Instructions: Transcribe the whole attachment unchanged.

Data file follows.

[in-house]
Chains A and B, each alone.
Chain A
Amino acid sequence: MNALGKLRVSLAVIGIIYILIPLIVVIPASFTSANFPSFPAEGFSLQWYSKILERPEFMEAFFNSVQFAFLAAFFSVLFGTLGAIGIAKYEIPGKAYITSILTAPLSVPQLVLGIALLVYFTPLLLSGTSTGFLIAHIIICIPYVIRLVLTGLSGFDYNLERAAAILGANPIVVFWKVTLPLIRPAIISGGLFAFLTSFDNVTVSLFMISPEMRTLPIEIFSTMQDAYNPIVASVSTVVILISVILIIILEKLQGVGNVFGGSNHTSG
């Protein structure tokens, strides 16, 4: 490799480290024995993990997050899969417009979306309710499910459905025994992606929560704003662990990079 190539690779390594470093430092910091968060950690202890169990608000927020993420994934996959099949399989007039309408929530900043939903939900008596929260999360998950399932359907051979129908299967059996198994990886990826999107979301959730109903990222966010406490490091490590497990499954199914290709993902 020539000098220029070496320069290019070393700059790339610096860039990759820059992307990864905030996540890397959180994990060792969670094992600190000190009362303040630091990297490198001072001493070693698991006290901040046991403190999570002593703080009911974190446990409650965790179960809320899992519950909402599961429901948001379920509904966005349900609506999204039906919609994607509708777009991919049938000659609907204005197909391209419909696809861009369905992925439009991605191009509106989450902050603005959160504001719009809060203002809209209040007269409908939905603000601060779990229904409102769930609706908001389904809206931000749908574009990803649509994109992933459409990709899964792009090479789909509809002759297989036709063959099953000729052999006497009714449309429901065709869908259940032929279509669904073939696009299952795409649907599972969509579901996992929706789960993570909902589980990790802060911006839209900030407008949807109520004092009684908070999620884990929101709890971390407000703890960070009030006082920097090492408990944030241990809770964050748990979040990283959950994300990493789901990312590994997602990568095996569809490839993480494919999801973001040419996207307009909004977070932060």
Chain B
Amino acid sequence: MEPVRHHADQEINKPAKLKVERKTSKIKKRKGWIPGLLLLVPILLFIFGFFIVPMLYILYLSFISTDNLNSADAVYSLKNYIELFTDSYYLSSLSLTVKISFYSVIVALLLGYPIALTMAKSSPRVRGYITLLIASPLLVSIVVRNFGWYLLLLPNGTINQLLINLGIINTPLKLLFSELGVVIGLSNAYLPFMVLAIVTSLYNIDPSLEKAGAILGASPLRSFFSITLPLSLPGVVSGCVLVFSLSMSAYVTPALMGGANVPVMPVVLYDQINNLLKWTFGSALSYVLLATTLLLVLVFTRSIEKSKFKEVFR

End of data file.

[in-house]
Chains A and B, each alone.
Chain A
Amino acid sequence: MNALGKLRVSLAVIGIIYILIPLIVVIPASFTSANFPSFPAEGFSLQWYSKILERPEFMEAFFNSVQFAFLAAFFSVLFGTLGAIGIAKYEIPGKAYITSILTAPLSVPQLVLGIALLVYFTPLLLSGTSTGFLIAHIIICIPYVIRLVLTGLSGFDYNLERAAAILGANPIVVFWKVTLPLIRPAIISGGLFAFLTSFDNVTVSLFMISPEMRTLPIEIFSTMQDAYNPIVASVSTVVILISVILIIILEKLQGVGNVFGGSNHTSG
């Protein structure tokens, strides 16, 4: 490799480290024995993990997050899969417009979306309710499910459905025994992606929560704003662990990079 190539690779390594470093430092910091968060950690202890169990608000927020993420994934996959099949399989007039309408929530900043939903939900008596929260999360998950399932359907051979129908299967059996198994990886990826999107979301959730109903990222966010406490490091490590497990499954199914290709993902 020539000098220029070496320069290019070393700059790339610096860039990759820059992307990864905030996540890397959180994990060792969670094992600190000190009362303040630091990297490198001072001493070693698991006290901040046991403190999570002593703080009911974190446990409650965790179960809320899992519950909402599961429901948001379920509904966005349900609506999204039906919609994607509708777009991919049938000659609907204005197909391209419909696809861009369905992925439009991605191009509106989450902050603005959160504001719009809060203002809209209040007269409908939905603000601060779990229904409102769930609706908001389904809206931000749908574009990803649509994109992933459409990709899964792009090479789909509809002759297989036709063959099953000729052999006497009714449309429901065709869908259940032929279509669904073939696009299952795409649907599972969509579901996992929706789960993570909902589980990790802060911006839209900030407008949807109520004092009684908070999620884990929101709890971390407000703890960070009030006082920097090492408990944030241990809770964050748990979040990283959950994300990493789901990312590994997602990568095996569809490839993480494919999801973001040419996207307009909004977070932060």
Chain B
Amino acid sequence: MEPVRHHADQEINKPAKLKVERKTSKIKKRKGWIPGLLLLVPILLFIFGFFIVPMLYILYLSFISTDNLNSADAVYSLKNYIELFTDSYYLSSLSLTVKISFYSVIVALLLGYPIALTMAKSSPRVRGYITLLIASPLLVSIVVRNFGWYLLLLPNGTINQLLINLGIINTPLKLLFSELGVVIGLSNAYLPFMVLAIVTSLYNIDPSLEKAGAILGASPLRSFFSITLPLSLPGVVSGCVLVFSLSMSAYVTPALMGGANVPVMPVVLYDQINNLLKWTFGSALSYVLLATTLLLVLVFTRSIEKSKFKEVFR